These three supplements will protect your mitochondria when you’re on an airplane and leave you feeling more like yourself when you land.
Stay hydrated during your flight
Airplanes don’t have dedicated oxygen systems; the air you breathe in a plane comes from outside. High-altitude air holds very little moisture, which can dehydrate you if you’re flying for several hours. Double down on water during your flight, and resist the temptation to buy those fourteen dollar cocktails — alcohol will dehydrate you further.
Fast while flying
Flying is a great chance to do some Bulletproof Intermittent Fasting. Fasting makes your cells more resilient in general, and new research shows it controls your internal clock as much as light exposure does.
When you eat, your brain makes a tight link between your sleep and light-dark cycles. Fasting activates a part of your brain called the dorsomedial nucleus that makes you less rigid with your sleep schedule. In a fasted state, you’re more able to reset your sleep schedule to match your environment, meaning you can adjust to time differences and jet lag with ease.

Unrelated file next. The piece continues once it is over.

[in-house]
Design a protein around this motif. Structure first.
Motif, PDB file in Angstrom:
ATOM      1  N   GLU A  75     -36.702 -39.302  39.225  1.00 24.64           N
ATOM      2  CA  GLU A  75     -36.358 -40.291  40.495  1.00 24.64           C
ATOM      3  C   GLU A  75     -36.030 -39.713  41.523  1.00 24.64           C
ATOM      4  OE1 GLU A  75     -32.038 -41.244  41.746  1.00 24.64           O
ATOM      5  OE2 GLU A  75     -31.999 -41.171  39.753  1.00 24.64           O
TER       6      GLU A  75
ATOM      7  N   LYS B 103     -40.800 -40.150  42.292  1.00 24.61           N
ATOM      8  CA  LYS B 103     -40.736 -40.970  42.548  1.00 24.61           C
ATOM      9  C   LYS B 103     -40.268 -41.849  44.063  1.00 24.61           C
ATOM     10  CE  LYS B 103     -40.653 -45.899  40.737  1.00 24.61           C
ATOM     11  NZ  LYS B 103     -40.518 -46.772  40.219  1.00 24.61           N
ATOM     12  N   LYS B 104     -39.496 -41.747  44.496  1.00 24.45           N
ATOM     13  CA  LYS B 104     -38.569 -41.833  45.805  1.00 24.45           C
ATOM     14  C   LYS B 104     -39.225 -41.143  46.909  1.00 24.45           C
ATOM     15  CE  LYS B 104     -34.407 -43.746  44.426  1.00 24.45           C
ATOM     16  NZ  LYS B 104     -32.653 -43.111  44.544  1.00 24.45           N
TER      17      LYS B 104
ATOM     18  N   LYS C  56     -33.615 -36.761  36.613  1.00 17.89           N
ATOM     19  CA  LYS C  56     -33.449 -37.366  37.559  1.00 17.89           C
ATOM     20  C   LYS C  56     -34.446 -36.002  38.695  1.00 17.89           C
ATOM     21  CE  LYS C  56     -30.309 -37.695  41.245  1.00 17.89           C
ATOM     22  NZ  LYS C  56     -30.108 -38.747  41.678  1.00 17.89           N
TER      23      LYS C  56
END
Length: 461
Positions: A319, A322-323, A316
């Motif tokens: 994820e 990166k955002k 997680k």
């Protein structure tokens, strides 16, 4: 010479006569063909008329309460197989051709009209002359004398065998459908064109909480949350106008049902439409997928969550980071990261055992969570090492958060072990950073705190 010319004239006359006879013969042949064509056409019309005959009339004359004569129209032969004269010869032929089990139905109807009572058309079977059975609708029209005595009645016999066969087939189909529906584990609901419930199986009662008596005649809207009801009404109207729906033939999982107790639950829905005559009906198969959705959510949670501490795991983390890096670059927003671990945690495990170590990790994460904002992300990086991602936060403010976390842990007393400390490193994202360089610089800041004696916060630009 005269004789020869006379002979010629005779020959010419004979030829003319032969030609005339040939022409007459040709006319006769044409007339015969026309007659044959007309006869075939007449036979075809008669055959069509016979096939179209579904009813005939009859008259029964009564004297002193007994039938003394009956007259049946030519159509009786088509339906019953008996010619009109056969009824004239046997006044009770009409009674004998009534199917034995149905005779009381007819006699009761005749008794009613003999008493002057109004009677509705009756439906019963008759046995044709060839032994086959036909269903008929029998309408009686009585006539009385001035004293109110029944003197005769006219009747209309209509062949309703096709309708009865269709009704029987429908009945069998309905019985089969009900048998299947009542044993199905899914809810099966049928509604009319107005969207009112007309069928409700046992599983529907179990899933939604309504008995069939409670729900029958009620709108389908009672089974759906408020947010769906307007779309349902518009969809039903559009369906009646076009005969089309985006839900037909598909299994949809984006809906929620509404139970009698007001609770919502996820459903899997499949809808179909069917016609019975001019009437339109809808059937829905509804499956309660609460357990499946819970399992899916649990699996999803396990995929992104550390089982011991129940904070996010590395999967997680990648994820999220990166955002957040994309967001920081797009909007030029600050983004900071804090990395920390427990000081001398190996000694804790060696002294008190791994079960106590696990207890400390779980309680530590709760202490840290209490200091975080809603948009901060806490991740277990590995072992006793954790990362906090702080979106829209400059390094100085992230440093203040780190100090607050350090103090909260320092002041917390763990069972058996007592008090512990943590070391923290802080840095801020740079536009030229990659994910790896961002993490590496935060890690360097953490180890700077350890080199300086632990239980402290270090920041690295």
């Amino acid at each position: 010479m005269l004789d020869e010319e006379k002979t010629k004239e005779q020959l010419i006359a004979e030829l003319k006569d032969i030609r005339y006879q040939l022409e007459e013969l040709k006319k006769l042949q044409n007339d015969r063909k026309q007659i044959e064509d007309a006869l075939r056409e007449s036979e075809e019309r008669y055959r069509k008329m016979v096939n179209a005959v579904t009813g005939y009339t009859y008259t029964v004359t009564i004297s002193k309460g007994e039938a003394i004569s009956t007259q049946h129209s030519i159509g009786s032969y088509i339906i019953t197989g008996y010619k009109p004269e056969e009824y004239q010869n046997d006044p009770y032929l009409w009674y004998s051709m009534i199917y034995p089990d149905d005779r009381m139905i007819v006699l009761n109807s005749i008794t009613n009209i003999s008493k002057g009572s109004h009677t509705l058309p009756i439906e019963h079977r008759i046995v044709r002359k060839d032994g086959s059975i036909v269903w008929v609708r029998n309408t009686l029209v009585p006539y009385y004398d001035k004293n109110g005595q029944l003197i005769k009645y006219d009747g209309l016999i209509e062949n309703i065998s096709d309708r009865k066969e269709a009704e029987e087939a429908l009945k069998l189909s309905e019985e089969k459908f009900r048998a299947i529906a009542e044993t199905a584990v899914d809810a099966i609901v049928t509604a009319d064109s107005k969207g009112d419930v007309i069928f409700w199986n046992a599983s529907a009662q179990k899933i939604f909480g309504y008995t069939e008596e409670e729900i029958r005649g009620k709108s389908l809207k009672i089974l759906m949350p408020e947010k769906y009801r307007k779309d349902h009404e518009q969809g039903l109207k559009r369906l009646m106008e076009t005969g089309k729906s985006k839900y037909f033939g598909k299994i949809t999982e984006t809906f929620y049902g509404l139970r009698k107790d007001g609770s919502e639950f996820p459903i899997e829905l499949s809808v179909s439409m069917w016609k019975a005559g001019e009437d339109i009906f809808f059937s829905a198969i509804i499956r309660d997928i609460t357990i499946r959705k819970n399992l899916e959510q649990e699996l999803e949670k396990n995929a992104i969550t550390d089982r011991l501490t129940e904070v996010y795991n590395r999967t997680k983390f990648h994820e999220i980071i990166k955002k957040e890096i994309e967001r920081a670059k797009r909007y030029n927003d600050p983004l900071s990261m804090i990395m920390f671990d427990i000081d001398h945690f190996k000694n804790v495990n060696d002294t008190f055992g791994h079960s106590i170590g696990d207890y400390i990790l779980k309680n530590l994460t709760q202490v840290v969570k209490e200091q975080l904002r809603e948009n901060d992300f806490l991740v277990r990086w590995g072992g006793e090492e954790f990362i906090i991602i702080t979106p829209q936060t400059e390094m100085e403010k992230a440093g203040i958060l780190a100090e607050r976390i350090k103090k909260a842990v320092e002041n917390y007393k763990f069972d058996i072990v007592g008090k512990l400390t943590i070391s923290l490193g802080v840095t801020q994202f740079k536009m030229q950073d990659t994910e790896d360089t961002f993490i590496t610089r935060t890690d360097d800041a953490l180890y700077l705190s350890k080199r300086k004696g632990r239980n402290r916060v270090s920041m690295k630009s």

If you aren’t going to fast, at least pack your own food when you fly. Airplane meals won’t do your body any favors.
Ground yourself when you land
I was skeptical of grounding when I first heard about it. The theory is that the earth carries a mild negative charge, and that direct skin contact with the ground disperses a positive charge that builds up in your cells.
There isn’t much science to back up grounding, but I heard that it helps with jet lag and I had a few minutes after a flight, so I figured I had nothing to lose by trying it out. I went to a park and walked around barefoot in the grass for a few minutes. I felt better almost immediately.
That could have been a placebo effect, so I set up a double-blind N=1 study to see if grounding impacted me. I find it consistently improves my sleep, and it has become one of my go-to hacks for jet lag.
I don’t know why grounding works, but it makes a meaningful difference in performance. Give it a try next time you fly. The worst case is that you spend a few minutes barefoot in a park or in nature, enjoying your destination.
These jet lag hacks will make a profound difference in the way you feel when you travel. Give them a try; you’ll feel the difference. Thanks for reading and stay Bulletproof.
Read Next: 4 Ways to Hack Your Next Flight